On the same day Uber was launching its UberX ride-share service in Philadelphia, the company was telling the state Public Utility Commission it had no intention of doing so.

How does Uber square its actions with its words?

By avoiding the question.

On Oct. 24, Uber filed a petition with the PUC for emergency temporary authority to operate in Philadelphia and four other Southeastern Pennsylvania counties. It cited an insurance crisis in the Philadelphia taxi industry since a major insurer of cabs, First Keystone Risk Retention Group of South Carolina, collapsed in insolvency and 478 cabs had been ordered to obtain new insurance immediately or halt service.

In its PUC filing, Uber said it "has no intention to launch service in the Counties of Bucks, Chester, Delaware, Montgomery and Philadelphia, Pennsylvania without authority from the Commission."

That night, Uber announced the launch of UberX service in Philadelphia, citing the insurance issue and saying it wanted to "ensure you have the convenient and affordable transportation options you deserve."

Asked about the apparent conflict, Uber spokesman Taylor Bennett said in an e-mail:

"What we have in Philadelphia is a real transportation emergency. When a number of taxis still don't have adequate insurance, going from one unrated company to another, Philadelphians deserve the safe and reliable options they're demanding."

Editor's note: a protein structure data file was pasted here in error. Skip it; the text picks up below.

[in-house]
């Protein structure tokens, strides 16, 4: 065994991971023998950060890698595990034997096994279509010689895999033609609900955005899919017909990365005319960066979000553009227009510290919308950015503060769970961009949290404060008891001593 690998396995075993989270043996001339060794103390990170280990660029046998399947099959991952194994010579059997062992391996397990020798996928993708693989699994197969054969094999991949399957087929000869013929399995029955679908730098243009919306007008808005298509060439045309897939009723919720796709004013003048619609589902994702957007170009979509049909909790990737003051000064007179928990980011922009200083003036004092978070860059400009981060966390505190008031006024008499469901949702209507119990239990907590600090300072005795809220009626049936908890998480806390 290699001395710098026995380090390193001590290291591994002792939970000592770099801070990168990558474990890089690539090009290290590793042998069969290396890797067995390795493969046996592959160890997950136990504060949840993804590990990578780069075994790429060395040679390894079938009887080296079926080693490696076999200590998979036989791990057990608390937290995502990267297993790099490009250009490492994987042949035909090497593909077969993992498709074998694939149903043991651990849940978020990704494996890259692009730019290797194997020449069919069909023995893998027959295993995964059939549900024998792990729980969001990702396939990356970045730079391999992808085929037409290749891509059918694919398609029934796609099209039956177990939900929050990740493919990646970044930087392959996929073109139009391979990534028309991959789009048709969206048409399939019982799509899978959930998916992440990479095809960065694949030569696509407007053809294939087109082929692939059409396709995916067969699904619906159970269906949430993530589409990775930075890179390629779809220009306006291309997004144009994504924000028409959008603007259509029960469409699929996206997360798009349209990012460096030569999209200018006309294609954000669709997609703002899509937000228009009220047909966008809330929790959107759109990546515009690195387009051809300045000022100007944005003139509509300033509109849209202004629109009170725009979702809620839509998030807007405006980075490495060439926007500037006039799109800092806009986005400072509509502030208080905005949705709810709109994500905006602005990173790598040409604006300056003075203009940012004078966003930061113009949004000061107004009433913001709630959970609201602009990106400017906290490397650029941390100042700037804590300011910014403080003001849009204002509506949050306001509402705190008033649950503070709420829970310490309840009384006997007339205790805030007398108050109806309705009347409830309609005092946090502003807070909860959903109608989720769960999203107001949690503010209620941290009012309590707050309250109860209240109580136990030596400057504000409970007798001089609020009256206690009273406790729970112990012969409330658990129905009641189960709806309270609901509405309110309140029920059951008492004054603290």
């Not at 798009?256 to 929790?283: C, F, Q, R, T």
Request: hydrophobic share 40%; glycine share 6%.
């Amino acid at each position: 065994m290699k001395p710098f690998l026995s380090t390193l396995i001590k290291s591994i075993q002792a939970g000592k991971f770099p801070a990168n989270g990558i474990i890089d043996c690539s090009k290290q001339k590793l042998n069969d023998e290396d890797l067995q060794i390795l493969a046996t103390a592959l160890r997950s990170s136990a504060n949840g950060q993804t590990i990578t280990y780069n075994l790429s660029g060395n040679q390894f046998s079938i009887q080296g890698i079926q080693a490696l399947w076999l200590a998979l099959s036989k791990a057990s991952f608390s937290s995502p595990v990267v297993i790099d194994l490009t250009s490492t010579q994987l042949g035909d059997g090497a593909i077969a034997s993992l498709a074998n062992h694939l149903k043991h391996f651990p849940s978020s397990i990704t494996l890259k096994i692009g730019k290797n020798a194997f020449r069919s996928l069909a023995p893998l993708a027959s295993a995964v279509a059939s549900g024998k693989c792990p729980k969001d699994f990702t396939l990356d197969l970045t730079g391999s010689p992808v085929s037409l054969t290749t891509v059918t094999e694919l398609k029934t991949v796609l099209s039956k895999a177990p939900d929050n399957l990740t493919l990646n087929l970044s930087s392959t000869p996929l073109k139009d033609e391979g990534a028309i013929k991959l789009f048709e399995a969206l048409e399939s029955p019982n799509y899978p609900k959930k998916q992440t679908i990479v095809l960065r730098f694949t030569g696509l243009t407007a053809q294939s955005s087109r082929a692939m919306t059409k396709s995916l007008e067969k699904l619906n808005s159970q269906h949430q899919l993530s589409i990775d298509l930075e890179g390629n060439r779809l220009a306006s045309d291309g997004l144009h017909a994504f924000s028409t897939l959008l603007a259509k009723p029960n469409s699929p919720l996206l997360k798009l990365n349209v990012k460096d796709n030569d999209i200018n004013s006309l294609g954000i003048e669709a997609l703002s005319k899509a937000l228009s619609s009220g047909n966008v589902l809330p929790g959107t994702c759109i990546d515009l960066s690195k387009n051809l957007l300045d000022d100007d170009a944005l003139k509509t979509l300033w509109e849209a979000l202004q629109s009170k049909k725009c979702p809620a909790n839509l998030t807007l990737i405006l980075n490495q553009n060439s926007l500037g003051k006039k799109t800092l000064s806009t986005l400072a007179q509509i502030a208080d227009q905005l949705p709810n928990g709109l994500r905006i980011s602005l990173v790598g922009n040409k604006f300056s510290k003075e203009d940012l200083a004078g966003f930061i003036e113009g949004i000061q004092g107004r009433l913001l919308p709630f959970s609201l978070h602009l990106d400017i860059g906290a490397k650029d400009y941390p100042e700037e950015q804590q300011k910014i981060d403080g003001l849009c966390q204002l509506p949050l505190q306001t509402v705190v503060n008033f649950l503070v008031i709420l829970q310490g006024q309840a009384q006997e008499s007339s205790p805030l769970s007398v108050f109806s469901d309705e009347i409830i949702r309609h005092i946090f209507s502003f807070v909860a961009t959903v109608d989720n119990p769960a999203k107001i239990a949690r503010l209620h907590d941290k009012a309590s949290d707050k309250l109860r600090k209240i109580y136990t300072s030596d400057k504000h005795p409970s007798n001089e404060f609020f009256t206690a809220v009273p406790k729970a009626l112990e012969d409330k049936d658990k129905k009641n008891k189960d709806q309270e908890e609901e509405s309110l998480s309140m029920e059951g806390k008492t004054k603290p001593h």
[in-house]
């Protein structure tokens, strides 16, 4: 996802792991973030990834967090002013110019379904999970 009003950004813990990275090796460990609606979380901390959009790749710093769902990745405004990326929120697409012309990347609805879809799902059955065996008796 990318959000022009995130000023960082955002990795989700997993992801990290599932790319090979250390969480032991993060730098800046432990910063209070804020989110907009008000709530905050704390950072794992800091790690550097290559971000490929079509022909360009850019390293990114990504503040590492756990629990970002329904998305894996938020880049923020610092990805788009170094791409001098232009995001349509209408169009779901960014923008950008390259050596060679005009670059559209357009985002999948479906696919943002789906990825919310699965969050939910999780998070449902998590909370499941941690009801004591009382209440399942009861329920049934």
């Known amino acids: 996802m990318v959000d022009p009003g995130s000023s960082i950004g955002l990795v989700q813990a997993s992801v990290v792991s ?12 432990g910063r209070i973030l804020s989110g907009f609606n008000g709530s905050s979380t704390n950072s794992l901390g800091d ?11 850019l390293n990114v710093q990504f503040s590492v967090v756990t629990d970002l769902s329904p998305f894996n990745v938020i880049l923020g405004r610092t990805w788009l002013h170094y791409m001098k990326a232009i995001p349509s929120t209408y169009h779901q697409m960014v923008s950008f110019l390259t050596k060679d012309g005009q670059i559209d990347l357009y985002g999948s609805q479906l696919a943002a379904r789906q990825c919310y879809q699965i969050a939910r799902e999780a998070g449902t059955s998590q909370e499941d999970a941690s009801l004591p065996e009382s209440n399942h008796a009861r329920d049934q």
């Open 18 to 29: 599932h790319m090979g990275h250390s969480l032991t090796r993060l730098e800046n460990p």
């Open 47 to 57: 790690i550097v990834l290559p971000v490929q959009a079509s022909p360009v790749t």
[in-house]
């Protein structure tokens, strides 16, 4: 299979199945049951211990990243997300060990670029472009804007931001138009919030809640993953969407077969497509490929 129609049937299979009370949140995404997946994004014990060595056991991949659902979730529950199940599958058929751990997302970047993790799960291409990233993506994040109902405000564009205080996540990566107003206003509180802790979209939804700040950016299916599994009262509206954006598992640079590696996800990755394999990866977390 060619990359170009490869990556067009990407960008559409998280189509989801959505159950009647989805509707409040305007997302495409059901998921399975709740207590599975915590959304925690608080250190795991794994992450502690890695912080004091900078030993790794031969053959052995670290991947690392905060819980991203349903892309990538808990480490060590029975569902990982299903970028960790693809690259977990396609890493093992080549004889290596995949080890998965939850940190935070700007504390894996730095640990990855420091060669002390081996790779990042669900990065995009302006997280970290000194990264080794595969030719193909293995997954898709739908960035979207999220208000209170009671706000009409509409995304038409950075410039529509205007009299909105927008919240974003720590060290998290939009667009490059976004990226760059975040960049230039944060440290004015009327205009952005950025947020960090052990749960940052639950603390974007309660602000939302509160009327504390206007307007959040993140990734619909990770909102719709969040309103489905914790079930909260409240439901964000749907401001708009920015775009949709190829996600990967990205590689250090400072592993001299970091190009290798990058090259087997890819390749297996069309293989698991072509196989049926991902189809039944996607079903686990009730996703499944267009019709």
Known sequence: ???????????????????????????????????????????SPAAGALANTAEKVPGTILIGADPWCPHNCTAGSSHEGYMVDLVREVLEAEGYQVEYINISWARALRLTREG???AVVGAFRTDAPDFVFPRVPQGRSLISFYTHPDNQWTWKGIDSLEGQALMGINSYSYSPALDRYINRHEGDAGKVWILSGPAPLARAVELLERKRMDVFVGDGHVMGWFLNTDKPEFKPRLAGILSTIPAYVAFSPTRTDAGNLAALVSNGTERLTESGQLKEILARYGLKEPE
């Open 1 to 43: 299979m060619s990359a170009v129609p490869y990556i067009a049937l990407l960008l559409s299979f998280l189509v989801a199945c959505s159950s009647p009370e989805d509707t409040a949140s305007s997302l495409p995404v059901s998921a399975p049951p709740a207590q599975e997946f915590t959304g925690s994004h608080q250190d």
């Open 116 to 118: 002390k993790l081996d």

Pressed by a reporter about the apparent inconsistency, Bennett referred to his earlier statement.

The PUC has taken no action on Uber's application for emergency service in Philadelphia and Southeastern Pennsylvania, said commission spokeswoman Jennifer Kocher.

She said the commission did not have authority to regulate Uber in the city, where the Philadelphia Parking Authority is the regulator.

In the suburban counties, Kocher said that the commission is investigating reports that UberX drivers continue to operate without authority, and that such drivers face $1,000 fines and revocation of their vehicle registrations.

In Philadelphia, all but five of the 478 cabs that had been told to get new insurance have done so, said Martin O'Rourke, spokesman for the Parking Authority.

Vince Fenerty, executive director of the Parking Authority, called Uber's action "the height of hypocrisy" and said it "raises serious credibility issues about whether the public or any regulating agency, or any legislative body can believe anything Uber may say in the future."